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National Implementation of the Conservation of Scheduled Monuments in Cultivation Assessment (Cosmic 3)

Front cover for National Implementation of the Conservation of Scheduled Monuments in Cultivation Assessment (Cosmic 3)

Final Report, Project Number 6144

By Oxford Archaeology South

This report is an assessment of the risk to scheduled monuments from arable cultivation ie ploughing. It is not simply a point in time survey but also was intended as a tool to help manage this type of heritage at risk. COSMIC 3 assessed all monuments with a Heritage at Risk arable vulnerability, irrespective of whether this placed them on the Heritage at Risk register, or at vulnerable/low risk. It assessed the current risk and the mitigation required to bring the monument into favourable condition. For the purpose of assessment, each monument was broken down into fields or land parcels, a separate assessment was produced for each.

Key findings of the report were that:

  • Assessments were carried out on 1,587 monuments covering 3,953 land parcels.
  • Of the land parcels assessed, the archaeology in 51% was considered to be at low or minimum risk, and 24% at serious or high risk.
  • The assessment identified regional variation in risk, with the South West and Yorkshire & Humber having the most fields at serious or high risk. As these areas also exhibited the highest numbers of low and minimum risk fields, this is merely a reflection of the number of monuments in each region and the scale of arable cultivation within them.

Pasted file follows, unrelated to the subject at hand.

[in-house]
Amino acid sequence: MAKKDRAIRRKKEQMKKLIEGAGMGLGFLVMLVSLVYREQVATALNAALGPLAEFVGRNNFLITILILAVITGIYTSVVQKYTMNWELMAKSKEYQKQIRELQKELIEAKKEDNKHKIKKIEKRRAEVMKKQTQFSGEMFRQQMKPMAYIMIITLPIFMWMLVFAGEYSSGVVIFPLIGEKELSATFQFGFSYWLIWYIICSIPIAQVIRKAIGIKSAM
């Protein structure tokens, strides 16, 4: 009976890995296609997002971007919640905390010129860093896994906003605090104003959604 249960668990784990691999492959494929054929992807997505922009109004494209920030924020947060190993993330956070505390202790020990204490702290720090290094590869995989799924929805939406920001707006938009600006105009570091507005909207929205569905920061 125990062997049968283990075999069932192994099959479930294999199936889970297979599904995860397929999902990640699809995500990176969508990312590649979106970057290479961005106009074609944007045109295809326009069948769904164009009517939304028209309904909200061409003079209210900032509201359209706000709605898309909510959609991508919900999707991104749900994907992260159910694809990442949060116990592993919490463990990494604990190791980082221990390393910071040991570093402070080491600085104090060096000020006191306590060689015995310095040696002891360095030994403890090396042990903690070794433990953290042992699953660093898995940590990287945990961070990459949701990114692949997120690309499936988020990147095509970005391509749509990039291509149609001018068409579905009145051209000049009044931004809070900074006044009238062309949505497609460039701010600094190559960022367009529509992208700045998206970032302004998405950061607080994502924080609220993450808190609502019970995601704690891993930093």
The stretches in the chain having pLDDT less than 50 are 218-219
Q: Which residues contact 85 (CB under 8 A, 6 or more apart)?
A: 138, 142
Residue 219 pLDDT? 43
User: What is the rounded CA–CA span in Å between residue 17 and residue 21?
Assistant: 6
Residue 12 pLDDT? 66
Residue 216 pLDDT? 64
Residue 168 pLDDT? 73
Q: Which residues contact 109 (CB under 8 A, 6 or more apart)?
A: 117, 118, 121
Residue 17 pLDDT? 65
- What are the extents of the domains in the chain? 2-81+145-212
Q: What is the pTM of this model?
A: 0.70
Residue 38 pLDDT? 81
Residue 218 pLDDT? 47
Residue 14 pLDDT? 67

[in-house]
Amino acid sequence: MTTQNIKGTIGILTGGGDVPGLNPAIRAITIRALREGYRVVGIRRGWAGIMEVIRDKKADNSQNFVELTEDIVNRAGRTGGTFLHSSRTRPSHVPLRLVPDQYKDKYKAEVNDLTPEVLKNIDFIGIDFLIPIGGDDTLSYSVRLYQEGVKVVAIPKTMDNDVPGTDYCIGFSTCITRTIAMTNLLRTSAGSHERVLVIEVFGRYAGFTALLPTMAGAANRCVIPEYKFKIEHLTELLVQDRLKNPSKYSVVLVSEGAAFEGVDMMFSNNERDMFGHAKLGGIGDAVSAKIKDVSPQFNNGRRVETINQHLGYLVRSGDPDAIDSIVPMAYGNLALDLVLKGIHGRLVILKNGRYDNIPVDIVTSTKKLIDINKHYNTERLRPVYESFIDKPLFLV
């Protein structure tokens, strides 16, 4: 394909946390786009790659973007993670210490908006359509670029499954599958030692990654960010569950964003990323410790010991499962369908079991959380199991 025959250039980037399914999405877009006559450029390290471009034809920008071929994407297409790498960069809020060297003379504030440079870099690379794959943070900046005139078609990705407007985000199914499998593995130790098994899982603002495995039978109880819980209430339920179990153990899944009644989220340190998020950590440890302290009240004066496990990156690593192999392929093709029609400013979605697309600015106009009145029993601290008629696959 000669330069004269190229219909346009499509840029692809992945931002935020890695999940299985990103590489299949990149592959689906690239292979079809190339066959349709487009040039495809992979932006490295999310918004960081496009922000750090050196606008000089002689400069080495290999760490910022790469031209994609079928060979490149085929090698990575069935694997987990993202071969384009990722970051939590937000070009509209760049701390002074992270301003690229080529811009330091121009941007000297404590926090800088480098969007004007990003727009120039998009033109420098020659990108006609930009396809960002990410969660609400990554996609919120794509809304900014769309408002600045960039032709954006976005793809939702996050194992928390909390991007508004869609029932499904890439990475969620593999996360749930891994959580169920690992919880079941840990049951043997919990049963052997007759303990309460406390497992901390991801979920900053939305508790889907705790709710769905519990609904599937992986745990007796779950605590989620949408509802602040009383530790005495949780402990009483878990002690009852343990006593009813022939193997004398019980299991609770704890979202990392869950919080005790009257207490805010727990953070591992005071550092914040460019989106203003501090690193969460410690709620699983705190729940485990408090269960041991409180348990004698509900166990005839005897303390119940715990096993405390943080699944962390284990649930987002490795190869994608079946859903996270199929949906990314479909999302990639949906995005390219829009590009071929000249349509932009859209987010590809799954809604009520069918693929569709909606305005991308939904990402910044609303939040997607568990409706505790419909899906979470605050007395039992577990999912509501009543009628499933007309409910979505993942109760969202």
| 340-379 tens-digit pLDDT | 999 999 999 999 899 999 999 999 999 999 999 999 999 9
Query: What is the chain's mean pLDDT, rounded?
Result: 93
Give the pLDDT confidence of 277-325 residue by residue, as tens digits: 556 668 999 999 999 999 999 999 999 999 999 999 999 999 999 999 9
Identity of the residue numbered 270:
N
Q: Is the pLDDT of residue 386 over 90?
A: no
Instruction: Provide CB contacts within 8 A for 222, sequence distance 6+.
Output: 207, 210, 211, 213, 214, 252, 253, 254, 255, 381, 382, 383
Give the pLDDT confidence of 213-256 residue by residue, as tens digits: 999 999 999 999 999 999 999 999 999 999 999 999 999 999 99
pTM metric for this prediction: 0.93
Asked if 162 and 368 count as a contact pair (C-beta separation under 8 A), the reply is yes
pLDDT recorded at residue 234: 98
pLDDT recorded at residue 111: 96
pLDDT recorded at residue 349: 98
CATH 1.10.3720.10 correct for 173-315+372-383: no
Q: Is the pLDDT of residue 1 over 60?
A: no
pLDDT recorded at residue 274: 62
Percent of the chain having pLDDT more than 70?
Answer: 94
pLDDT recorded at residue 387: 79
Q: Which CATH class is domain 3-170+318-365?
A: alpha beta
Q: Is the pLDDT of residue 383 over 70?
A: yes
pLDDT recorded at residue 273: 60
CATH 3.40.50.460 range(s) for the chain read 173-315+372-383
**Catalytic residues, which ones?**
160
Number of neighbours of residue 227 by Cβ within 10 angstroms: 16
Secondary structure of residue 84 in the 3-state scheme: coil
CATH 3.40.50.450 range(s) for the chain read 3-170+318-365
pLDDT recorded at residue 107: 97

• The assessment has suggested that nationally, up to 130 monuments currently on HAR are at low or minimum risk in their entirety, and that 50-99% of the fields relating to a further 166 monuments currently on HAR are also at low or minimum risk. A further 242 monuments currently on HAR are assessed under COSMIC 3 as being at moderate risk in their entirety.

English Heritage - now Historic England - commissioned Oxford Archaeology to carry out the research. It was originally commissioned as part of wider work within the National Heritage Protection Plan on the impacts of agriculture and forestry. Where this report refers to the work of English Heritage or EH, these functions are now carried out by Historic England.


Executive Summary
1. Introduction
2. Summary of Outline Methodology
3. Summary of Results
4. Conclusions
5. Bibliography
Appendix 1: detailed methodology and assumptions used when filling out the model and recording of data
Appendix 2: Typical Letter and Questionnaire

Additional Information

  • Publication Status: Completed


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